The new book is out. Time for the renewed debate/accusations/defenses/calls for people to be burned at the stake. It's Harry Potter time, and I'm still sitting in the chair marked "I don't get it".
Shrill voices from one part of Christendom call for the Harry Potter books to be rejected, ignored and worse. We Christian parents are warned to keep our sons and daughters away from the books, citing the use of witchcraft and spells a la demon worship. Then from the other side of the faith comes those who read, enjoy and encourage others to read the Potter series. They claim that no other books aimed at a teen reader contains so much action and unexpected plot twisting. The magic is incidental to the storyline, they say.
I'll say upfront that I haven't read one of those piles of pages by J. K. Rowling. Don't have the desire to read one. Don't have the time either. Then again, I'm hardly a teenager. I did see the first Potter movie on video. It was alright, I guess. Nothing spectacular, but I figure the movie is never as good as the book anyway. So when I look at the whole Harry Potter flap, I like to think I'm coming into it without any real bias. I'm probably biased one way or another, but I'm not perceptive enough to figure out which way I'm leaning.
I'm not one to discount the demonic. I believe in Satan. And I don't pretend that there aren't people who try to worship the Prince of Darkness or try to use evil powers. Just last month, a friend of mine was approached by a teenage girl who was looking to buy spices for some magic spells she had copied from a book. So I know it's out there. And it is something Christians must be aware of.
On the other hand, I'm old enough to have grown up watching Bewitched and I Dream of Jeannie. I've watched the countless Disney movies featuring magically-poisoned apples, dancing brooms, talking animals and flying carpets. I've read countless science-fiction stories, not to mention The Lion, The Witch and the Wardrobe. This is nothing new. A bit more intense, perhaps. But new? No. So what's the fuss?
The arguments I've heard have which have moved beyond the existance of magic in the story have focused upon the ultimate character issues of the characters. They claim that Harry isn't much of a hero and that his use of magic isn't for ultimate good, as other spell-chanting protagonists have been. I really can't speak to that without reading the books, but it seems to me that all the magic Samantha Stevens performed on Bewitched was for the betterment of herself and husband Darrin, not for world peace or anything. And the current trend in literature tends to show a hero "warts and all," not simply as a knight in shining armor. But then again, my favorite book shows it's heros as having flaws. A righteous ship-builder with a penchant for wine, a patriarch who makes up stories that his wife is really his sister, a king who call fall in lust with a woman taking a bath within view of the palace, a disciple who ignores new friends so that his old friends won't get mad -- all these anti-heroes and more are running amok between Genesis and Revelation. So is this an issue to take seriously?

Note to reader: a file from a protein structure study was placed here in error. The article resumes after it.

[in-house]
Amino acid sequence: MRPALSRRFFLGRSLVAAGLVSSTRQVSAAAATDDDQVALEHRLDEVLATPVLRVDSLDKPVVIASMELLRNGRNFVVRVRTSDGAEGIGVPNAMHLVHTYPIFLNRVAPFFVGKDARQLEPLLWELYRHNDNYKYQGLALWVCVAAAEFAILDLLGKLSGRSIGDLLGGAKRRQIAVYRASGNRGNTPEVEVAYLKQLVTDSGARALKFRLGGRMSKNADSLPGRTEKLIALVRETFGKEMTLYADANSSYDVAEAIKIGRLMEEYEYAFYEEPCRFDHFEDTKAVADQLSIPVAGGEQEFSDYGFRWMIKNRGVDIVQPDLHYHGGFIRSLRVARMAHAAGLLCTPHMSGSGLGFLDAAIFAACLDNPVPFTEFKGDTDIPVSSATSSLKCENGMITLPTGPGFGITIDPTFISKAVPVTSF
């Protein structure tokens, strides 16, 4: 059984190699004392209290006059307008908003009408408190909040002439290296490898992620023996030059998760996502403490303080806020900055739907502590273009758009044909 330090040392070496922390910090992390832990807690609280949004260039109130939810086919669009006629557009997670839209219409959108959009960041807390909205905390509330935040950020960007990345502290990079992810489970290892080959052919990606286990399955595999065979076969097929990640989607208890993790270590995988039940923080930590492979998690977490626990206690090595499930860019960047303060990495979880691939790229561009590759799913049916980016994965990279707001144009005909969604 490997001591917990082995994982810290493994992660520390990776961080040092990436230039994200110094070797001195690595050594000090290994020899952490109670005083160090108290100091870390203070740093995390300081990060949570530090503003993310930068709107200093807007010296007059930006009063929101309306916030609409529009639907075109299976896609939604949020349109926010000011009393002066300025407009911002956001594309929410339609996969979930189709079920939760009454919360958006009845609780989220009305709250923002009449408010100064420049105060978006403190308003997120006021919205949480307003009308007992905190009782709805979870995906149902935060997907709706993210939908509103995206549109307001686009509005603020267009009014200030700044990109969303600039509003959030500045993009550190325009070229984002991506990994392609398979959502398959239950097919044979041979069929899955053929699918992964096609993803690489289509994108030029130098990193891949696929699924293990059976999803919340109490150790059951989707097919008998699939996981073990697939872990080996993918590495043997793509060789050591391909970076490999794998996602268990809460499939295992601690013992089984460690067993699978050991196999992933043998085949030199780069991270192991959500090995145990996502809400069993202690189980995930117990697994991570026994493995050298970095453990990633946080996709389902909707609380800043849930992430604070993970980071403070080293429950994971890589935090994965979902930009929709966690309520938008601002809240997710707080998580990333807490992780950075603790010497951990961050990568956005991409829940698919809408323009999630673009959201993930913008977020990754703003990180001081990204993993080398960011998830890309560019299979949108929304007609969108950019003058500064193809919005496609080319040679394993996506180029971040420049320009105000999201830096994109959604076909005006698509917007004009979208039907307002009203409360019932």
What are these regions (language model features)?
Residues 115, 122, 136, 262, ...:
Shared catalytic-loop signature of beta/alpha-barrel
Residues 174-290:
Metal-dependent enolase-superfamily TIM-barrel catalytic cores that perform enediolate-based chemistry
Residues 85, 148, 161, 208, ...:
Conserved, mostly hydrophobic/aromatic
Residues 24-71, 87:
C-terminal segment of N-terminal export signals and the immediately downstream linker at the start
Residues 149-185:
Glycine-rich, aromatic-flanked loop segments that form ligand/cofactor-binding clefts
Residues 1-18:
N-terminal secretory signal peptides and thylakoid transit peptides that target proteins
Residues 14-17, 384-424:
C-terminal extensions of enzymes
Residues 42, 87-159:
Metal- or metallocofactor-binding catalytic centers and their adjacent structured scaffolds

In my thinking on this whole issue, I've wondered if the Harry Potter books are possible tools which we can use with our kids. As I've proven, magic stories are not new. What is it that I understood about The Wicked Witch of the West and Glenda the Good Witch that kept me from looking to boil herbs and animal parts in a big cauldron under a full moon? Maybe it was the opportunity for me to distinguish between fantasy and reality; between proper behavior and improper; between good spirits and bad. Most of us have wanted, at one time or another, to twitch our noses, hear a tinka-tinka-tee and see all of our work completed in the blink of an eye. But we knew that wasn't going to happen. And we weren't going to sell our souls to make it happen. We knew better. Perhaps the best use of the Harry Potter books is to help our kids and grandkids and nieces and nephews and any other kid under our care to understand those same distinctions.
I'm willing to listen to other points of view. Like I said, I haven't read these books. Maybe there are some real problems within the pages. But for now, I still don't have a handle on the controversy.
UPDATE: On the topic of using HP to help kids understand, here is The Gospel According to Harry Potter group study! Although it was blasted by Slice of Laodicea on principle, isn't this the type of approach to get kids to deal realistically with things they can't ignore? Maybe not in the church, but how about in the home? Thoughts?